Even though both Hurston and Hughes grew up around the same time period, they had very different ideals regarding their experience as African American’s as well as a different voice used within their works to convey their ideals. Hurston in her 1928 essay “How it Feels to be Colored Me” describes her childhood and coming of age with a delightful zest that cannot be contained. Although the essay does contain some dark moments such as when she describes her experience with her friend at the jazz club and the sudden realization of the racial difference between her and the other patrons, for the most part the work exudes her keen sense of dignity despite the popular opinion of the masses during that period. Lines in her essay such as “But I am not tragically colored. There is no great sorrow dammed up in my soul, nor lurking behind my eyes…I do not belong to the sobbing school of Negrohood who hold that nature somehow has given them a lowdown dirty deal and whose feelings are all hurt about it” (Abcarian, Klotz, and Cohen 812) beautifully express her sense of self dignity and refusal to give in to the negative energies surrounding her race. Despite the many hardships that the color of her skin caused her she was proud and determined to never let that stand in her way of
One of Hurston’s stories, How it Feels to Be Colored Me, reflects the author’s perspective of the colored race (specifically herself). According to the story, when Hurston reached the age of thirteen, she truly “became colored” (1040). The protagonist was raised in Eatonville, Florida, which was mainly inhabited by the colored race. She noted no difference between herself and the white community except that they never lived in her hometown. Nevertheless, upon leaving Eatonville, the protagonist began losing her identity as “Zora,” instead, she was recognized as only being “a little colored girl” (1041). Hurston’s nickname “Zora” represents her individuality and significance; whereas, the name “a little colored girl” was created by a white society to belittle her race and gender (1041).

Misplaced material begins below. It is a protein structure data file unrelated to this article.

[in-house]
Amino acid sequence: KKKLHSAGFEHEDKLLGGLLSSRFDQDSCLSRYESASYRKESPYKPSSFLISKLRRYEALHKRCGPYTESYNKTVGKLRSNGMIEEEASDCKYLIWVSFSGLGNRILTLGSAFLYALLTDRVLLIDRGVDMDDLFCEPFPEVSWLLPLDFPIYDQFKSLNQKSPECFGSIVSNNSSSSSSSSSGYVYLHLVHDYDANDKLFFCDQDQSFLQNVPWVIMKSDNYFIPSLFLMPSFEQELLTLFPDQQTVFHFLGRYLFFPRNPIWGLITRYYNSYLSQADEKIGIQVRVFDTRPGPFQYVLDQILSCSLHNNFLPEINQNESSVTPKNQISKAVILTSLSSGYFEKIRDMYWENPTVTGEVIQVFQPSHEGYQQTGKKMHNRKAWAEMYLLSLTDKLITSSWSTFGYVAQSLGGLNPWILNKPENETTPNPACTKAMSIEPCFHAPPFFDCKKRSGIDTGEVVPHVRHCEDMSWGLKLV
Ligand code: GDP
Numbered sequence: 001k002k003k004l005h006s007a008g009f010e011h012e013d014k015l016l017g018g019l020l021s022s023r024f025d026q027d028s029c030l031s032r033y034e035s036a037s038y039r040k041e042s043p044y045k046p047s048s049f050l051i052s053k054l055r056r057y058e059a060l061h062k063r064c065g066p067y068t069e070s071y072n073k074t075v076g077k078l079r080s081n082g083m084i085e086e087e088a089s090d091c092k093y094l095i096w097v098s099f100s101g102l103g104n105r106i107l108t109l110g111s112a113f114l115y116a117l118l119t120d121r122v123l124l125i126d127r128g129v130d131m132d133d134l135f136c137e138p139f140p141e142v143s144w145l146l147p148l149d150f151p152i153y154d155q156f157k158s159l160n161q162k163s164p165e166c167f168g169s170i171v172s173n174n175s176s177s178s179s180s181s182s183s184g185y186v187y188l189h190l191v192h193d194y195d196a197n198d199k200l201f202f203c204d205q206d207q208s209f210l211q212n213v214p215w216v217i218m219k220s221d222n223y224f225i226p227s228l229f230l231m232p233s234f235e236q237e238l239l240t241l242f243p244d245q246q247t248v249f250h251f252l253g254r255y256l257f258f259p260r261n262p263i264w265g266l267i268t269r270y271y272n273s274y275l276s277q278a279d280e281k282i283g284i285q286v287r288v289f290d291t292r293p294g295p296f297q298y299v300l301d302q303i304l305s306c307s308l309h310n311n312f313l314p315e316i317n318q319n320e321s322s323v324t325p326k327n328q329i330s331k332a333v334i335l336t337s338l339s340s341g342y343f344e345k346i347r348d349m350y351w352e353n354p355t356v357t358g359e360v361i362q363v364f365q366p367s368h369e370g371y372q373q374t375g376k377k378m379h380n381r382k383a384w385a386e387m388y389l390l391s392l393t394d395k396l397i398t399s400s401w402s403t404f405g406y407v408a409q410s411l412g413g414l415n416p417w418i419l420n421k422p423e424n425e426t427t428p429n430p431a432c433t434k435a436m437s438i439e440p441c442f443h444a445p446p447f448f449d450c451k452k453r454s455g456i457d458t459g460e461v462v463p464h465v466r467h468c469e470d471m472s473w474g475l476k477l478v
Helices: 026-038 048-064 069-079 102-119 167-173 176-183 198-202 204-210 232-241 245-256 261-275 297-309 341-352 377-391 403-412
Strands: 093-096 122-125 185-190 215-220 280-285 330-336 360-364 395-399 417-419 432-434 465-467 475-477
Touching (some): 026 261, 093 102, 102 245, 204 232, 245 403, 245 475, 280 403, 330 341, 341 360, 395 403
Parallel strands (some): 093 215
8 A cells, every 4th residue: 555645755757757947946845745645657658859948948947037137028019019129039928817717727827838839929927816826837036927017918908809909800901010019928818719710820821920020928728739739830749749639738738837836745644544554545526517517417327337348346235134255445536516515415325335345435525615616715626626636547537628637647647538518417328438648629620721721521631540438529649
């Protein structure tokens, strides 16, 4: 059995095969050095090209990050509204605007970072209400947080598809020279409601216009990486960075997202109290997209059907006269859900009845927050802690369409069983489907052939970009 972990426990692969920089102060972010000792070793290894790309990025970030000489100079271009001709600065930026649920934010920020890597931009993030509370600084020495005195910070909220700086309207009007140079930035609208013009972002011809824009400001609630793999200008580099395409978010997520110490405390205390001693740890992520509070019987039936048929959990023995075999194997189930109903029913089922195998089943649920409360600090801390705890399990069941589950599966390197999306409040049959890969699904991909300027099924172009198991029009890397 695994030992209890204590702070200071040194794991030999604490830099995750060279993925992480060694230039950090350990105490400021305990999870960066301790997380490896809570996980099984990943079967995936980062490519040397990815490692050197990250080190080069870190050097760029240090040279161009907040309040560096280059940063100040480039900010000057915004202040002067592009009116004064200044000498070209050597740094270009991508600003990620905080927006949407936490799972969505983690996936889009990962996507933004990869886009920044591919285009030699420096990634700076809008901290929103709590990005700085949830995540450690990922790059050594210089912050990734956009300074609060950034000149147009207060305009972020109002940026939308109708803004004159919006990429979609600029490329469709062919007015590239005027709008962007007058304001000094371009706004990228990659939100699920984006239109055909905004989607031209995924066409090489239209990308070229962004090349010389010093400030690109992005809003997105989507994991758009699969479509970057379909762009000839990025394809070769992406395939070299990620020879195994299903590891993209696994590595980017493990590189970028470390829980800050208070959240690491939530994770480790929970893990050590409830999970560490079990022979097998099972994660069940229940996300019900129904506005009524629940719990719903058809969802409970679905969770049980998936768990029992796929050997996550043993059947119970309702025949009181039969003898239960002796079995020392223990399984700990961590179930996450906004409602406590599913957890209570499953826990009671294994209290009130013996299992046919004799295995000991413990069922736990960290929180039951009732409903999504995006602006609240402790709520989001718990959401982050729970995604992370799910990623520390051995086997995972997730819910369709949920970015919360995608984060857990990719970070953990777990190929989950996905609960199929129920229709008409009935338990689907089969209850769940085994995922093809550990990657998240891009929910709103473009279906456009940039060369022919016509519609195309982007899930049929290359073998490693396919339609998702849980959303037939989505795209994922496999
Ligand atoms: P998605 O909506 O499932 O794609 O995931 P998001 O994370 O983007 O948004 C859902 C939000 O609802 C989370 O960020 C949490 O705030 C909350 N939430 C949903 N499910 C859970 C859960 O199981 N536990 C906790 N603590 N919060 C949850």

In the short story “Drenched in Light” by Zora Neale Hurston, the author appeals to a broad audience by disguising ethnology and an underlying theme of gender, race, and oppression with an ambiguous tale of a young black girl and the appreciation she receives from white people. Often writing to a double audience, Hurston had a keen ability to appeal to white and black readers in a clever way. “[Hurston] knew her white folks well and performed her minstrel shows tongue in cheek” (Meisenhelder 2). Originally published in The Opportunity in 1924, “Drenched in Light” was Hurston’s first story to a national audience.
Zora Neale Hurston was so proud to be from the black community that she mentioned it in her writings; she even changed it to her birthplace. Eatonville, Florida, had a massive impact on Zora’s life. It shaped her life and writing style. Hurston explains: "Anyway, the force from somewhere in Space which commands you to write in the first place, gives you no choice. You take up the pen when you are told, and write what is commanded. There is no agony like bearing an untold story inside you."
Zora Neale Hurston How It Feels to Be Colored Me is an autobiographical short story wrote in 1926. She takes us back to her childhood youth a time period when racism was prevalent. She